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The sister of Blue Chip founder Mark Bryers is touting for business again, offering burnt Bay of Plenty Blue Chip investors the opportunity to recoup their losses.

Lynda Rewita and her husband Mike ran the Tauranga office of the property investment scheme, before 20 Blue Chip-related companies were placed in liquidation in February. In recent days the Rewitas have written to some of those who have suffered losses in the collapse offering them another property investment opportunity.

"As fellow investors in the former Blue Chip Company we are well aware of the situation you currently face," they wrote. "We have sourced properties that will enable us to recoup our lost deposit on the unsettled Blue Chip properties.

"We are now working with a new company that is prepared to share some of the margins made available to them from various vendors."

The letter offers a sample of how the investment would work. It says the new property would be valued at $300,000, for example, but would be purchased at $260,000, immediately saving the purchaser $40,000.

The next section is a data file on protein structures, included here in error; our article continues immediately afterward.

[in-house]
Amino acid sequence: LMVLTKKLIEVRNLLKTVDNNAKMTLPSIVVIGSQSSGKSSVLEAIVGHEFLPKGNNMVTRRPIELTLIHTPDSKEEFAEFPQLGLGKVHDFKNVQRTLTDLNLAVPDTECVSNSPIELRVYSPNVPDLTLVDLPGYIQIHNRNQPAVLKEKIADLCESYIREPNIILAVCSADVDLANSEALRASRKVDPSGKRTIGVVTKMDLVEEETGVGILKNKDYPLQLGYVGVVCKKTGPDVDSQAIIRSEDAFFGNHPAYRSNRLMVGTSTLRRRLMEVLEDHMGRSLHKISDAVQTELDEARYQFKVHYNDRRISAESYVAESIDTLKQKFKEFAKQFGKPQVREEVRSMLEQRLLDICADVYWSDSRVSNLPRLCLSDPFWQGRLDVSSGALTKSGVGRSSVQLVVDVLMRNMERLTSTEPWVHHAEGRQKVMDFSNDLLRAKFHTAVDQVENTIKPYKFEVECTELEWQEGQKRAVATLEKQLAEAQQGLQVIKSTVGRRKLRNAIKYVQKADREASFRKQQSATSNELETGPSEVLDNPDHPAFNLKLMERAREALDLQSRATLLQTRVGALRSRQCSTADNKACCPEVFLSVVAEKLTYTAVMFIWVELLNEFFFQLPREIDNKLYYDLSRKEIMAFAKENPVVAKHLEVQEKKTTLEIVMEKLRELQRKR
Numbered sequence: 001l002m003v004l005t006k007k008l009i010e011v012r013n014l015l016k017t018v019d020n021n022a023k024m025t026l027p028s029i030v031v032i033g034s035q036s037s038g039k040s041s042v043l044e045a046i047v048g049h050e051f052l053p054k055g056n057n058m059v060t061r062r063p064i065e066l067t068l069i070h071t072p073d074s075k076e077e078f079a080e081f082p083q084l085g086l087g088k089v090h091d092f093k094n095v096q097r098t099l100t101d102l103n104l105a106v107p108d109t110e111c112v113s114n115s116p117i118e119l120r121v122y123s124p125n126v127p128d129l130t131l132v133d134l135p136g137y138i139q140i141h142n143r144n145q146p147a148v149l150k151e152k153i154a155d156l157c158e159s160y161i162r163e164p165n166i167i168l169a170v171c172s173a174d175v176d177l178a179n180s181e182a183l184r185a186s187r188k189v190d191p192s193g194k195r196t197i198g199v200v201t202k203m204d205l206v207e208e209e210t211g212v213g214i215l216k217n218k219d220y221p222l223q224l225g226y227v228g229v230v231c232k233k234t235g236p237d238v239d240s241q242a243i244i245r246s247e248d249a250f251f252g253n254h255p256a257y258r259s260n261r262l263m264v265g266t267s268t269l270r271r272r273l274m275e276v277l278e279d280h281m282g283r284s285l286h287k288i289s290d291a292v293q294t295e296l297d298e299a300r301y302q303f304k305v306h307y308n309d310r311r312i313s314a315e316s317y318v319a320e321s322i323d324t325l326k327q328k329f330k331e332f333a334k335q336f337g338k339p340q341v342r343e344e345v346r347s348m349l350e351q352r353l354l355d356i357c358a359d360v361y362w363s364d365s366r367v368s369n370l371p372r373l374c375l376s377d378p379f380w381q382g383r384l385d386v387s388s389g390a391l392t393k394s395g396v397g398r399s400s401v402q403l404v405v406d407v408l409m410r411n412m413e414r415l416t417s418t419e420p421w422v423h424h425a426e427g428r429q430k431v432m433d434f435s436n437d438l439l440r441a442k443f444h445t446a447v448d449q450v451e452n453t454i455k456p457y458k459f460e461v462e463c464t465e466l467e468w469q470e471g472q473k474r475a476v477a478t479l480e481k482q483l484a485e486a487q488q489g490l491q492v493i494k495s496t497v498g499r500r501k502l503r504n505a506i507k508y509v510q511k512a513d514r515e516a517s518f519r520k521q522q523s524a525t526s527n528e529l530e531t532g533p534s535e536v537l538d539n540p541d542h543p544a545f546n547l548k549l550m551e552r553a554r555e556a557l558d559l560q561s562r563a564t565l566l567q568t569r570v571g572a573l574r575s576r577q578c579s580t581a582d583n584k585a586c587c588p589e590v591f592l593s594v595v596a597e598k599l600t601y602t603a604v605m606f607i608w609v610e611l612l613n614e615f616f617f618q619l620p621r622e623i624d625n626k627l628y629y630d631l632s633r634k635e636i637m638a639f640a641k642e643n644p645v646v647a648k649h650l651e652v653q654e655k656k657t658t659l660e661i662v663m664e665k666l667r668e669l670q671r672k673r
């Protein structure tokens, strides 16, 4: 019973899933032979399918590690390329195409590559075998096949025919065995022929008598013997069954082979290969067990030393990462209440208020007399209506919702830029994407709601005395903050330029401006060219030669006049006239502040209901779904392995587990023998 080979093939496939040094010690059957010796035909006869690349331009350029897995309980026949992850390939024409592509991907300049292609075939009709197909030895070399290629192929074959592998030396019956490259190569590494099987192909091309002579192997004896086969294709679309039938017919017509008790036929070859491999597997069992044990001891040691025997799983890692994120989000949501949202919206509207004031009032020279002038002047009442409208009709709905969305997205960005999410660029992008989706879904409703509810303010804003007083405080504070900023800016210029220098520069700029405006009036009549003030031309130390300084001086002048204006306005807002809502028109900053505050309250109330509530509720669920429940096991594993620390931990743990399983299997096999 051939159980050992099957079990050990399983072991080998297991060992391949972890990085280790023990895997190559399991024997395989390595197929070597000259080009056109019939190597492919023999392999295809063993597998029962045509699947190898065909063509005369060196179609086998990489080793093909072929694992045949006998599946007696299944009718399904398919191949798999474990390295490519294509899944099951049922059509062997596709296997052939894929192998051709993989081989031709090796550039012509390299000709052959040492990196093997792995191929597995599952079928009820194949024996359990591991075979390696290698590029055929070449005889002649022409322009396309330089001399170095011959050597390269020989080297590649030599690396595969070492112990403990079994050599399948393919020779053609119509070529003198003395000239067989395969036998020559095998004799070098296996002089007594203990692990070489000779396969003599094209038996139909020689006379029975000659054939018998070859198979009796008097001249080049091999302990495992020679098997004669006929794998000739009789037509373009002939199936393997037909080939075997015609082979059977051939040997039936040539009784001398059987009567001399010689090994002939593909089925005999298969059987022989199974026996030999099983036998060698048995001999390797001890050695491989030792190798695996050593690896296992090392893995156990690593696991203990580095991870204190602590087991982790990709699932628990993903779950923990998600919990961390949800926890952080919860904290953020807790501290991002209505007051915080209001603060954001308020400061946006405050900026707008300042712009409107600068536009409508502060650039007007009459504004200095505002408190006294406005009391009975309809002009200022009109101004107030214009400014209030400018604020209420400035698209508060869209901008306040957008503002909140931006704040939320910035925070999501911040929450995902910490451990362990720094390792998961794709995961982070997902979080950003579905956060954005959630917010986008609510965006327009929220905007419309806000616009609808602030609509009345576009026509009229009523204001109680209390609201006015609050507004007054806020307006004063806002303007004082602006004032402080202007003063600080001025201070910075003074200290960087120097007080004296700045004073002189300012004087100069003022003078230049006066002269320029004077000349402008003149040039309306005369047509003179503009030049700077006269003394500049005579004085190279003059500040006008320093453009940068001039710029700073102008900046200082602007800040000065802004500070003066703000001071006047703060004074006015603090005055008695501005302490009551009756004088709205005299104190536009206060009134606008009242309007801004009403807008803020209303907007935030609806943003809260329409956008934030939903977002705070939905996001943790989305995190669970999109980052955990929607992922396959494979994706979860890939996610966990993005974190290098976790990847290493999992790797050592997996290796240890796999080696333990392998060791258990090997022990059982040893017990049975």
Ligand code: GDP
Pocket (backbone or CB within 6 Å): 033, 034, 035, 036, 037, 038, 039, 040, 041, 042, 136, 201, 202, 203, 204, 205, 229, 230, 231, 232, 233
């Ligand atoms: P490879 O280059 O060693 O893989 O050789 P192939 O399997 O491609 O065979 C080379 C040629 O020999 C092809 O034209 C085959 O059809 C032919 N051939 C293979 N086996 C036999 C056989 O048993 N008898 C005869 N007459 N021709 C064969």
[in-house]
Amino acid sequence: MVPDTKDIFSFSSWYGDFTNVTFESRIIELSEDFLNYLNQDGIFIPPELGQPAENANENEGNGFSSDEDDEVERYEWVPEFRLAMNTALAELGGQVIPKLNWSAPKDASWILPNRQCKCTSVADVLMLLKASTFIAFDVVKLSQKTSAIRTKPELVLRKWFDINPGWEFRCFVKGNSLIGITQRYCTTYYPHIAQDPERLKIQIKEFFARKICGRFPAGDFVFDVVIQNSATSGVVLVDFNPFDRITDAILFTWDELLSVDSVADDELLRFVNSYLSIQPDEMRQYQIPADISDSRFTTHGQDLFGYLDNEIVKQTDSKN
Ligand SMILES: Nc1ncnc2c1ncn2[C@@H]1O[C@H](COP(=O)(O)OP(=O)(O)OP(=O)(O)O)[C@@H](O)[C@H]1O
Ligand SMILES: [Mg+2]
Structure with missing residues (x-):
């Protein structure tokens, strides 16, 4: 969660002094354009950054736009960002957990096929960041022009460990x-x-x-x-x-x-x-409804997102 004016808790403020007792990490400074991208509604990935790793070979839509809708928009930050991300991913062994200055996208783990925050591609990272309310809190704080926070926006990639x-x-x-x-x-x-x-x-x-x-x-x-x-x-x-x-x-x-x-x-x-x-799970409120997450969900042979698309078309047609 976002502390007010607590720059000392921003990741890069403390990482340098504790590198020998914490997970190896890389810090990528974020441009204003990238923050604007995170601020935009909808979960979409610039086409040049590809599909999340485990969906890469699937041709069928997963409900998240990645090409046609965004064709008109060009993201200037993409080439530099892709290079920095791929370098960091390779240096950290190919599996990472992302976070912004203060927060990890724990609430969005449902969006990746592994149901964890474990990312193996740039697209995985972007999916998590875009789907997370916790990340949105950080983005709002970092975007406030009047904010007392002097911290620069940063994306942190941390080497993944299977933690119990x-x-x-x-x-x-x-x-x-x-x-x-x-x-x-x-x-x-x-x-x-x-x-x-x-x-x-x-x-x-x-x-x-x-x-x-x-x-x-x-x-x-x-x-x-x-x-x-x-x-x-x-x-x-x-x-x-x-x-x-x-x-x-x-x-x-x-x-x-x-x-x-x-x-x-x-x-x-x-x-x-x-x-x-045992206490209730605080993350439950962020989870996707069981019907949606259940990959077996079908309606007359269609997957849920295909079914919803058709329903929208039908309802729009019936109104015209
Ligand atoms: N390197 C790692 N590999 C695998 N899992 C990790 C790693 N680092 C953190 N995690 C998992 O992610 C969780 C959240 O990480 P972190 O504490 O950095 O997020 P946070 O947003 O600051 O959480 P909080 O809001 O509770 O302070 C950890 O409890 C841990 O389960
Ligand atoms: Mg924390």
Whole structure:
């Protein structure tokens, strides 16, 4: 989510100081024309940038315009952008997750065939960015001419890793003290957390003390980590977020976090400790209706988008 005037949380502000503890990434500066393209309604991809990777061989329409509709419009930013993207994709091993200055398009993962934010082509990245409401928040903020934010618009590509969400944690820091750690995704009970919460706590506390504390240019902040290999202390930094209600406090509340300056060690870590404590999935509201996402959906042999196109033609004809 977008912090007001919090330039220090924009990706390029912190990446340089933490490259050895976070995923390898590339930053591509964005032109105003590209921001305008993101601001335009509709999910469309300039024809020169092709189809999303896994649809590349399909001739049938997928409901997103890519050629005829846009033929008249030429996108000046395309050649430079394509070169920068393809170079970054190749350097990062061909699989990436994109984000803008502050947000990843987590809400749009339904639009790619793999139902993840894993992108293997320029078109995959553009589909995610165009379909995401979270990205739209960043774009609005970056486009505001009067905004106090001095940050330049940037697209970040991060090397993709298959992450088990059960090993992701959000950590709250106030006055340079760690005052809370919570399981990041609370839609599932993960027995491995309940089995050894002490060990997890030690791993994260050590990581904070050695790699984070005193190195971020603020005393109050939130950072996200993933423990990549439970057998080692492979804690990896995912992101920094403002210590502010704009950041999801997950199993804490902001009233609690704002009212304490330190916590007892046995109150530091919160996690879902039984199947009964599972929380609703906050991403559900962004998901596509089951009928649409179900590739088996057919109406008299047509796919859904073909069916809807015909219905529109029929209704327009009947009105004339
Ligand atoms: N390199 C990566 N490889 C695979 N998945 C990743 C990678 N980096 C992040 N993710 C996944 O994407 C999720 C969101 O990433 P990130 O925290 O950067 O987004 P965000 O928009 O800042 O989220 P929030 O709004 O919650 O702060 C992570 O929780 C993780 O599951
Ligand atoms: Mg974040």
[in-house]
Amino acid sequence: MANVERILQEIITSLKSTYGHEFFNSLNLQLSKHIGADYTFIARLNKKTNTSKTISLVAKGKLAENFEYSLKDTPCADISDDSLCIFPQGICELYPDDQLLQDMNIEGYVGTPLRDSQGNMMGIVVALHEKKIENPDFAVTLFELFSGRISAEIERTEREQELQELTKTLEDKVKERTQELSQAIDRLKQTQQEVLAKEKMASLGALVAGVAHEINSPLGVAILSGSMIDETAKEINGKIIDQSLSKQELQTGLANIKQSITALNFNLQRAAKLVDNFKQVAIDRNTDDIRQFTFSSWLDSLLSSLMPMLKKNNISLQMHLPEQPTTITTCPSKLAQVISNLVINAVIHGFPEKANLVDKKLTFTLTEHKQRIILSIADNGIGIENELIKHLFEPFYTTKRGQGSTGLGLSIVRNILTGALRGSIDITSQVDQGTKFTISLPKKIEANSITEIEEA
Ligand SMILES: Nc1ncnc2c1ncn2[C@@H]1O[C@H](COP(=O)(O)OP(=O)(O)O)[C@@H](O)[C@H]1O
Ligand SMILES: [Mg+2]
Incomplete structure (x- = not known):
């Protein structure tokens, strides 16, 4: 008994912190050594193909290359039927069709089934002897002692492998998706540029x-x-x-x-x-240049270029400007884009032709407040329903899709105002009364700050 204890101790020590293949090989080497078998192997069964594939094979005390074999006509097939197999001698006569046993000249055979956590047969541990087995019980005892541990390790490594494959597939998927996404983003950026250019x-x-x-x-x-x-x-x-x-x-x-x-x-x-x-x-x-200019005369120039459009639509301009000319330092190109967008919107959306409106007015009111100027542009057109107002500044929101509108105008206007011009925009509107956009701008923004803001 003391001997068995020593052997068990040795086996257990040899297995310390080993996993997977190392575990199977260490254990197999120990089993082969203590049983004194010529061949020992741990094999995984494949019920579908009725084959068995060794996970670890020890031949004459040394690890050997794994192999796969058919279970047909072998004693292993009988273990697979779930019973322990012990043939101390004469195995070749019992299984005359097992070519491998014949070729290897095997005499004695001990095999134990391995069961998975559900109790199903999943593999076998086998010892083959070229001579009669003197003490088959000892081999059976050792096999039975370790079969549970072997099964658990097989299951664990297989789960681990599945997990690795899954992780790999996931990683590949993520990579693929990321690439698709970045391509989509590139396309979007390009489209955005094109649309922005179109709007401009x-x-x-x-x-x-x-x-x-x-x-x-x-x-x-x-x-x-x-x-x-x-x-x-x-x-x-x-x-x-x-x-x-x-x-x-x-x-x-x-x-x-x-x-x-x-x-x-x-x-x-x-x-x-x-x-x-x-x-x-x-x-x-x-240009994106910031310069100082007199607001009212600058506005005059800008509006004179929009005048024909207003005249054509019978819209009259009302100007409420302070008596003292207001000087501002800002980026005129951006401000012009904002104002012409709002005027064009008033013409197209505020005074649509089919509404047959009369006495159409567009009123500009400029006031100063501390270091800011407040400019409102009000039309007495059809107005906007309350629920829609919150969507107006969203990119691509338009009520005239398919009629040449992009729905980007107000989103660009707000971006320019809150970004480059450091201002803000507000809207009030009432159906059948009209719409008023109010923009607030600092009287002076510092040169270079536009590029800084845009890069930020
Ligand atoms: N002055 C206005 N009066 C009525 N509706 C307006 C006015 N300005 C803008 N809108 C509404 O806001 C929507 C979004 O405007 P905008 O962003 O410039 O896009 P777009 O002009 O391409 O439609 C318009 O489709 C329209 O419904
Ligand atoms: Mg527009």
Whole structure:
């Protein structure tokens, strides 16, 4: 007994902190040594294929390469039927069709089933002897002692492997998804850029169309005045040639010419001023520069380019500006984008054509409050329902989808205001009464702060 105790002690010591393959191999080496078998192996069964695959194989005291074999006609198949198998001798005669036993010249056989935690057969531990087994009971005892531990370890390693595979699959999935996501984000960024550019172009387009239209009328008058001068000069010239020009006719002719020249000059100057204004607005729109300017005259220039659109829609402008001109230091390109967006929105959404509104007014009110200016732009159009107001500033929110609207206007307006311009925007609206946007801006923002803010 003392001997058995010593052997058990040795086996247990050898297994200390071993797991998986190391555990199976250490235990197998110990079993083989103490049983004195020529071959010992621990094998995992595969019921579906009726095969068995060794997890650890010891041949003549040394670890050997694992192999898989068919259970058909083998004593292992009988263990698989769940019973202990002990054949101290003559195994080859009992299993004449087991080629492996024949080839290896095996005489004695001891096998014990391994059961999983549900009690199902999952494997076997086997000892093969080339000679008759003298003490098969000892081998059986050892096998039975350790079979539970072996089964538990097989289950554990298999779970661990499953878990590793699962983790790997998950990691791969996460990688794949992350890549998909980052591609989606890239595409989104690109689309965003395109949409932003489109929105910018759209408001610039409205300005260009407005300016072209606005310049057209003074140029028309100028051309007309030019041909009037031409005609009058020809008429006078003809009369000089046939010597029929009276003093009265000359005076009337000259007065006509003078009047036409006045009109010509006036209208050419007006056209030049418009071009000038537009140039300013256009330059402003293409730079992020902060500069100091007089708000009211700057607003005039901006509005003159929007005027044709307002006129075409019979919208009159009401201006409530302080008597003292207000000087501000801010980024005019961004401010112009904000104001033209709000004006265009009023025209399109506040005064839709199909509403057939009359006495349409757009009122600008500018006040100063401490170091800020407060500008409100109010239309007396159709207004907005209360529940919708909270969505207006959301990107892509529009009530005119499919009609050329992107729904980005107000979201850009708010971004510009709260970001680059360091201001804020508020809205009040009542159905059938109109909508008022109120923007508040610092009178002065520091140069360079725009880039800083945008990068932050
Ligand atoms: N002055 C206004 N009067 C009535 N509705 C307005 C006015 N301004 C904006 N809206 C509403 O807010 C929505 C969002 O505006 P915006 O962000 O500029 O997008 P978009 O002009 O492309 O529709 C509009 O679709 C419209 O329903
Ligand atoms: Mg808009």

If the property's value was to grow at 7.2 per cent per annum, after five years it would be worth $424,713, the letter says.

"We would structure this so your original Blue Chip property loan is incorporated into the new property so that you will not have to carry the burden of that loan," the Rewitas tell the prospective investor. "There is the potential for you to recoup all monies invested in both properties in around 5-6 years."

REINZ figures show the national median house price has fallen 4 per cent since its peak in November.

Last night, Mrs Rewita confirmed the letter, saying she was offering help to people that she knew.

"They're in terribly dire straits, I just wanted to help them."

She said she and her husband were in the same situation, but she declined to discuss their personal losses on Blue Chip. She said she wasn't concerned about entering into more Blue Chip-style property investments as she "totally believed that everything worked perfectly for our product".

"It's just that something's gone wrong somewhere along the management, somewhere, I don't know where, that's the liquidator's job I suppose."

Asked about her brother's role in that management, she said: "I don't think blame helps anybody quite frankly. I just want to see people trying to help people."

Thousands of Blue Chip investors are out of pocket following the collapse of the scheme, with some facing mortgagee sales on their homes. Some have no idea where deposits paid on yet-to-be built developments are, while others have been left holding sale and purchase agreements on apartments they have no hope of affording.